But it clicked: I’d actually been saying “no.” I tried so hard, but was only pursuing opportunities that I knew I could succeed at if given the chance. Saying “yes” would mean removing these parameters. I had to channel my passion in every direction, no matter how much discomfort, risk, or even failure it brought with it.

I took a page from Colbert’s book, and signed up for an improv class.

Improv? Had I lost my damn mind?

Between my paralyzing stage fright and control issues and only-child syndrome, this would surely be a disaster. This experiment was so doomed that I travelled 1,600 miles away to study in New York, reducing the chance of any gory details reaching my hometown.

It wasn’t easy, but it was great. Aside from bonding with wonderful classmates and teachers, it immediately changed the way I operated in life, in all the ways we know it does. I didn’t dwell on difficulties, I became a better problem-solver, and was super proud because holy crap you guys I did improv.

I upped the ante. I moved halfway across the country. I dove head-first into comedy writing classes that were way too advanced for me. I wrote and performed a one-woman show, somehow spending an entire hour on stage by myself. And I kept taking improv classes.

This is the part where you’re expecting me to say that I found my calling on stage, got overpriced headshots, and never looked back.

But no. All of those creative pursuits were exceptionally hard, and I still didn’t crave the spotlight.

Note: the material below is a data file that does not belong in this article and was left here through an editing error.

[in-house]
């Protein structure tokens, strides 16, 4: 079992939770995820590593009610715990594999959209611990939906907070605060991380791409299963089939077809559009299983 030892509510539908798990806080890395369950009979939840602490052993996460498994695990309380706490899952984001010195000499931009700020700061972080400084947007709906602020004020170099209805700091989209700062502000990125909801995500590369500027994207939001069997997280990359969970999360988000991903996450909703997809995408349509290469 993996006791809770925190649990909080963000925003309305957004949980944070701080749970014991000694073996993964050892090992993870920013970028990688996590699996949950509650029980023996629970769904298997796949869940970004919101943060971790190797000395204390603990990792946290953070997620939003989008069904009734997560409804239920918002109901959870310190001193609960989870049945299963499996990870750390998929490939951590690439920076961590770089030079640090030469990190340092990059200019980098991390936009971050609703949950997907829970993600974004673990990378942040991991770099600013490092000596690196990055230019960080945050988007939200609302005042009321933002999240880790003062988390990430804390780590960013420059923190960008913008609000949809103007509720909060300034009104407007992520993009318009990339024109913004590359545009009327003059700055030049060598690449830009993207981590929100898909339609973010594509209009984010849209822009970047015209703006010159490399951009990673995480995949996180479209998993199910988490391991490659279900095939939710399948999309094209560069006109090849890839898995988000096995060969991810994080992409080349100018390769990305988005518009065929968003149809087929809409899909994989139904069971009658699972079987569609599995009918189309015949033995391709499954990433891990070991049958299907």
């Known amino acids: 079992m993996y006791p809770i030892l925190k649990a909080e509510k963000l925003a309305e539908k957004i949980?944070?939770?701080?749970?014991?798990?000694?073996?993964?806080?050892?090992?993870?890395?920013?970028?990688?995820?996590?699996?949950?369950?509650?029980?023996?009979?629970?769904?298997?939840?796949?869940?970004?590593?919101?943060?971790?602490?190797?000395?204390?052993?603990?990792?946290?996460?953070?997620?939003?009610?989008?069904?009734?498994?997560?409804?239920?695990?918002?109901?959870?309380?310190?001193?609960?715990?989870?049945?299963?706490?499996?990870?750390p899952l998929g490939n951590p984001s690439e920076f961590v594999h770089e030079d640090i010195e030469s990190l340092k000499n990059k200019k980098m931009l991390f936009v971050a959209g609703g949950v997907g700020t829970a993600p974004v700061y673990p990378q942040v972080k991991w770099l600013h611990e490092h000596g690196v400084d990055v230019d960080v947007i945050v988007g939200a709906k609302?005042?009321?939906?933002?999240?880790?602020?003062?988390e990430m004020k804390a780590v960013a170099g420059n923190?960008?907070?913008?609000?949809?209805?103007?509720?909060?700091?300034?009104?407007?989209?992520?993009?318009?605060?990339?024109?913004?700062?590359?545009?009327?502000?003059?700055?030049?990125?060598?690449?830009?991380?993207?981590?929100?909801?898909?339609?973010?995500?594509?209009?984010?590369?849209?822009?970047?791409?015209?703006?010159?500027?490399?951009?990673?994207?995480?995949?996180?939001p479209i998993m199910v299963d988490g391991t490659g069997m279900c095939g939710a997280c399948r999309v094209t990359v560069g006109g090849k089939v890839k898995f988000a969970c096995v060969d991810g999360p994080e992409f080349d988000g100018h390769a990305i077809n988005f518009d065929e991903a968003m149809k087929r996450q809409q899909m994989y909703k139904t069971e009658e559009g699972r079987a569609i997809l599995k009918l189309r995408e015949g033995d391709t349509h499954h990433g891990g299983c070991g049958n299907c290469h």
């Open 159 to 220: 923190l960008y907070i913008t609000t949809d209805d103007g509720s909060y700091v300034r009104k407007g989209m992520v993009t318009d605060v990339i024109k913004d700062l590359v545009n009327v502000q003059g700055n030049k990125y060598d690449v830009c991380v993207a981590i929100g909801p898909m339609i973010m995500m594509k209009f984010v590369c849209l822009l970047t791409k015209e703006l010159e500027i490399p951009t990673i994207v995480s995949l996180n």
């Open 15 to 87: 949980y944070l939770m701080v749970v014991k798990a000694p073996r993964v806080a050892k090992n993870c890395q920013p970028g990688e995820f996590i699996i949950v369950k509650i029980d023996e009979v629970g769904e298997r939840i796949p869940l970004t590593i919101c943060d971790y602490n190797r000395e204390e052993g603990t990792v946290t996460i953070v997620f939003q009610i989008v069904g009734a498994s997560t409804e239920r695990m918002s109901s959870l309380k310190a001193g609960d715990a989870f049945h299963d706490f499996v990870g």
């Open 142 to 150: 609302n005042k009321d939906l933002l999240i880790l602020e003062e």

So a few years in, when I started getting busy with other stuff, it was easy for me to take a break from improv. It was easy to let months pass. And easy to then let the months pass in packs of 12. After four years away, it became too hard to go back.

I didn’t realize how big a mistake I was making, because I was still using what I learned in those first improv experiences to say “yes” to things. I mean, I wrote a book for crying out loud – and accomplished in eight months what most writers have 18 to do.

It was a huge challenge. But a challenge I knew I could do as long as I sacrificed enough sleep. Big workload, low risk.

I was accomplishing, but not growing. That’s not what improv — and by extension, Colbert — taught me to do.

When Colbert and I spoke that night, standing just feet from the first stage I ever improvised on, the end of The Colbert Report was four weeks away. It would be nine whole months before he returned to television. I dreaded it, wondering what I’d do with myself in his absence.